Recently when a Harvard University professor labelled coconut oil as poison, it alarmed people who swear by its many benefits. While the western world discovered coconut oil fairly recently, Indian homes have always stocked up coconut oil in their pantries. A nice, relaxing ‘champi’ (massage) on a Sunday morning is a must-do ritual in many Indian homes. In Southern India, coconut oil is used not only for its skin and hair benefits but also in cooking.
So, what’s the verdict? Is it really an artery clogging poison that we should now stay away from? There is very little research to claim whether it is good or bad for our heart health. However, everything in moderation is the only rule of thumb you must follow.
Generally, fats have fatty acids that turn solid at room temperature. According to the American Heart Association, an average person should only consume about 11-13 grams of saturated fat per day.
Unsaturated fats, like the one present in olive oil, should be eaten in moderation. However, they do help improve blood cholesterol. Despite coconut oil being peddled as the latest health fad, last year, the American Heart Association urged people to avoid consuming coconut oil.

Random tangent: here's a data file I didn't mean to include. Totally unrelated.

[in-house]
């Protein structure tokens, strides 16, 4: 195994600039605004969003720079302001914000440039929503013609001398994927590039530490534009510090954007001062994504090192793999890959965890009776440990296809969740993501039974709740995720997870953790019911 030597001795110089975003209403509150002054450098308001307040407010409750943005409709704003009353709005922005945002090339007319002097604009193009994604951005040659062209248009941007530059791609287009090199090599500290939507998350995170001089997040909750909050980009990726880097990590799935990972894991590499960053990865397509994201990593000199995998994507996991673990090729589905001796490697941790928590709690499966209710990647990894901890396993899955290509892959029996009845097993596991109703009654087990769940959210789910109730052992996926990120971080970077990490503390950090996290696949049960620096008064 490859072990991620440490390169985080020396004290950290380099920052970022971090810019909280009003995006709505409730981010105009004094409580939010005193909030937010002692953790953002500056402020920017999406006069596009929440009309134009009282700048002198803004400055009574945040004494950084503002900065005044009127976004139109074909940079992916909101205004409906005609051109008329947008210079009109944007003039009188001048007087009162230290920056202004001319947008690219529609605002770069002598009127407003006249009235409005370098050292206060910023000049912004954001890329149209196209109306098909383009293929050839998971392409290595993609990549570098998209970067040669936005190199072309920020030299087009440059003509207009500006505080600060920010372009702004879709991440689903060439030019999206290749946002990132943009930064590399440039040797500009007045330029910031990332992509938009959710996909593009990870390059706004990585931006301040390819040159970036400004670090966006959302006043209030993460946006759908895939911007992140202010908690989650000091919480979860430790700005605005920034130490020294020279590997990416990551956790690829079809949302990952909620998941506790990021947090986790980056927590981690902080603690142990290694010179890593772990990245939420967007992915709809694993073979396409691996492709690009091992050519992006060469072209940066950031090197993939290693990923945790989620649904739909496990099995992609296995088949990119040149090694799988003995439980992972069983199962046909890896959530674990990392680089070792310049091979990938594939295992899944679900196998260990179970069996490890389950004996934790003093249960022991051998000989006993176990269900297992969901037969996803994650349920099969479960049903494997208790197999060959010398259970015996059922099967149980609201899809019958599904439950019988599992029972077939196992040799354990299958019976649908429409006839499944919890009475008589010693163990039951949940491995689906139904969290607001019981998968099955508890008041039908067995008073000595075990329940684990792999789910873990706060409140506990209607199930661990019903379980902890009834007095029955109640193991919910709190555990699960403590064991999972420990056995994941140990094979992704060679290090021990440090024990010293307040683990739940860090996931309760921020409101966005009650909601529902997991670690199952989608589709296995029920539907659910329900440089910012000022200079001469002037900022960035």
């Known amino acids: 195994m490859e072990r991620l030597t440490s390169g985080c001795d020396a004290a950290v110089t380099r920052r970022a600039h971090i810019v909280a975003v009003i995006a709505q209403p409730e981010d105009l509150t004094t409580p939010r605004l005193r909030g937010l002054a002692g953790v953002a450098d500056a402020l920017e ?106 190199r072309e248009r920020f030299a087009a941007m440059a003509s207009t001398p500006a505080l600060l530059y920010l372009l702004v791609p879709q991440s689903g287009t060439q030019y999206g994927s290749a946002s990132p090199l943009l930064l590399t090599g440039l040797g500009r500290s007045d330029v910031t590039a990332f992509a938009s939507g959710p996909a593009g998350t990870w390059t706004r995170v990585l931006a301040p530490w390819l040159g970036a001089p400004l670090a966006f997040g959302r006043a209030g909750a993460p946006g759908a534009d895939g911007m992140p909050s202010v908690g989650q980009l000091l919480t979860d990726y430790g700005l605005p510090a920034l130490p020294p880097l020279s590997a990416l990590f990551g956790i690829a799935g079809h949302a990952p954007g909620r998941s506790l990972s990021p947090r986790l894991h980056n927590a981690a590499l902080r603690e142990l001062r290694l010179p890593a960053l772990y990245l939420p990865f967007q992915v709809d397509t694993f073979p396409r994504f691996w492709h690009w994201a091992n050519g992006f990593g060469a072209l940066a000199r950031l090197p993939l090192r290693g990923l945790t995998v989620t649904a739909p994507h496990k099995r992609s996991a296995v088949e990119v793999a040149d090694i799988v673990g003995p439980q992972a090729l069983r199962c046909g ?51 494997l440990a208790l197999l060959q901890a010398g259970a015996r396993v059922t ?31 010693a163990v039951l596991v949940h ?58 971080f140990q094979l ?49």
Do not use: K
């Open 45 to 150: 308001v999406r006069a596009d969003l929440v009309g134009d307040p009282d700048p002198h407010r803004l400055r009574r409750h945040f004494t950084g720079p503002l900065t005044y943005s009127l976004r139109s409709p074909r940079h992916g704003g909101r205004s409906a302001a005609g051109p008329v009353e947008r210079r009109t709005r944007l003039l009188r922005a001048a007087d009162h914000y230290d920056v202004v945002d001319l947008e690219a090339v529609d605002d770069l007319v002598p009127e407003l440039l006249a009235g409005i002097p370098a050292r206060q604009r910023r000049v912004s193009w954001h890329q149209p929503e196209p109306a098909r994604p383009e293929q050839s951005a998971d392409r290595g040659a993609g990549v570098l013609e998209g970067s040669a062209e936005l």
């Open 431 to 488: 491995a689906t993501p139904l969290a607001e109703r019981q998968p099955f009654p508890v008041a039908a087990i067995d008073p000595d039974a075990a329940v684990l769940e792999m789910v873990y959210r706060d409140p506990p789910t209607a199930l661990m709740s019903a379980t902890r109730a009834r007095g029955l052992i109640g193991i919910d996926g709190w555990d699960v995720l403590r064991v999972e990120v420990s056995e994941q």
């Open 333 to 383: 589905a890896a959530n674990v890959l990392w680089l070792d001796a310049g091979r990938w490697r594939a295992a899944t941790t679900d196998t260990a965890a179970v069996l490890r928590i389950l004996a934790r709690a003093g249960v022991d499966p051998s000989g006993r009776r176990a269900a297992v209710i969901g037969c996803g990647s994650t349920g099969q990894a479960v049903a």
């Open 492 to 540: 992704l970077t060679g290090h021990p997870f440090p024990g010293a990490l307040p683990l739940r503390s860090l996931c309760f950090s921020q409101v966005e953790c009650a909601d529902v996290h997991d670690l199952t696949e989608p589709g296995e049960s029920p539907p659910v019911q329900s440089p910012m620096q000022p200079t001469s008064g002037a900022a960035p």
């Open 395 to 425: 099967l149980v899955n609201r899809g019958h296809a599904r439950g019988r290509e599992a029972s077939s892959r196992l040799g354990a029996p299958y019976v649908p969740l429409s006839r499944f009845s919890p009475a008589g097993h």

So, here’s everything you need to know about cold pressed coconut oil:
Coconut oil is a great skin softener and helps you get rid of dry and hard skin conditions. For instance, you can use coconut oil along with salt and sugar as an exfoliating method. It helps get rid of dead skin cells and clear out your pores. Don’t want to invest in expensive makeup removers? Try coconut oil instead.
Cooking with coconut oil
“Coconut oil is best used for medium-heat cooking and excellent for baking,” says Swasti Aggarwal, food strategist, Foodhall. According to some studies, coconut oil is known to increase fat burning. Owing to this quality, coconut oil enjoys popularity among people who follow keto or paleo diet. “Coconut oil can increase the good HDL cholesterol in our body. If you don’t wish to consume it, you can use it for skin care or for dental hygiene. You can use it like a mouthwash in a process called oil pulling, which can kill some of the harmful bacteria in the mouth,” says Aggarwal.
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First Published: Sep 11, 2018 09:20 IST
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